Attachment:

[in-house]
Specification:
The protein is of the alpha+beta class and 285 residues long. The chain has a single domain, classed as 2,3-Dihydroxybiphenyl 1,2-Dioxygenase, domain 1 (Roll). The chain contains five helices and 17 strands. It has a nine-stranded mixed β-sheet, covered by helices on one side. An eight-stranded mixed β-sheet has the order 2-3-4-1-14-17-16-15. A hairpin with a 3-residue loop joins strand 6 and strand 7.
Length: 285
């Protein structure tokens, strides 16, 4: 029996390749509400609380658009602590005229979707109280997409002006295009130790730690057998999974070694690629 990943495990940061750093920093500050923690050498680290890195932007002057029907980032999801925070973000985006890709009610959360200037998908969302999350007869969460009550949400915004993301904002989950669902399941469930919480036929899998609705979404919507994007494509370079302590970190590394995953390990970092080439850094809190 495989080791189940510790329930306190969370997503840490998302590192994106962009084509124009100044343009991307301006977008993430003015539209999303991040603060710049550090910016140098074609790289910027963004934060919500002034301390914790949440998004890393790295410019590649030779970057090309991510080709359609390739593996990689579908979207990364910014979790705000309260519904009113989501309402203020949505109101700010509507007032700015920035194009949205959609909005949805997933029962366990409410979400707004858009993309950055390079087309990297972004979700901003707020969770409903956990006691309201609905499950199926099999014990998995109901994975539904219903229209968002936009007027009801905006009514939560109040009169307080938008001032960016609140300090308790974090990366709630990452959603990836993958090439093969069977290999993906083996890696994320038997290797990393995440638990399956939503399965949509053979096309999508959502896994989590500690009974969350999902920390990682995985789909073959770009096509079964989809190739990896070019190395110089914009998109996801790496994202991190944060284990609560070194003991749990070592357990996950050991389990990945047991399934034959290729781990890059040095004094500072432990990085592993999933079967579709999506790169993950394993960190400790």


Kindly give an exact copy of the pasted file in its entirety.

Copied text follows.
[in-house]
Specification:
The protein is of the alpha+beta class and 285 residues long. The chain has a single domain, classed as 2,3-Dihydroxybiphenyl 1,2-Dioxygenase, domain 1 (Roll). The chain contains five helices and 17 strands. It has a nine-stranded mixed β-sheet, covered by helices on one side. An eight-stranded mixed β-sheet has the order 2-3-4-1-14-17-16-15. A hairpin with a 3-residue loop joins strand 6 and strand 7.
Length: 285
């Protein structure tokens, strides 16, 4: 029996390749509400609380658009602590005229979707109280997409002006295009130790730690057998999974070694690629 990943495990940061750093920093500050923690050498680290890195932007002057029907980032999801925070973000985006890709009610959360200037998908969302999350007869969460009550949400915004993301904002989950669902399941469930919480036929899998609705979404919507994007494509370079302590970190590394995953390990970092080439850094809190 495989080791189940510790329930306190969370997503840490998302590192994106962009084509124009100044343009991307301006977008993430003015539209999303991040603060710049550090910016140098074609790289910027963004934060919500002034301390914790949440998004890393790295410019590649030779970057090309991510080709359609390739593996990689579908979207990364910014979790705000309260519904009113989501309402203020949505109101700010509507007032700015920035194009949205959609909005949805997933029962366990409410979400707004858009993309950055390079087309990297972004979700901003707020969770409903956990006691309201609905499950199926099999014990998995109901994975539904219903229209968002936009007027009801905006009514939560109040009169307080938008001032960016609140300090308790974090990366709630990452959603990836993958090439093969069977290999993906083996890696994320038997290797990393995440638990399956939503399965949509053979096309999508959502896994989590500690009974969350999902920390990682995985789909073959770009096509079964989809190739990896070019190395110089914009998109996801790496994202991190944060284990609560070194003991749990070592357990996950050991389990990945047991399934034959290729781990890059040095004094500072432990990085592993999933079967579709999506790169993950394993960190400790």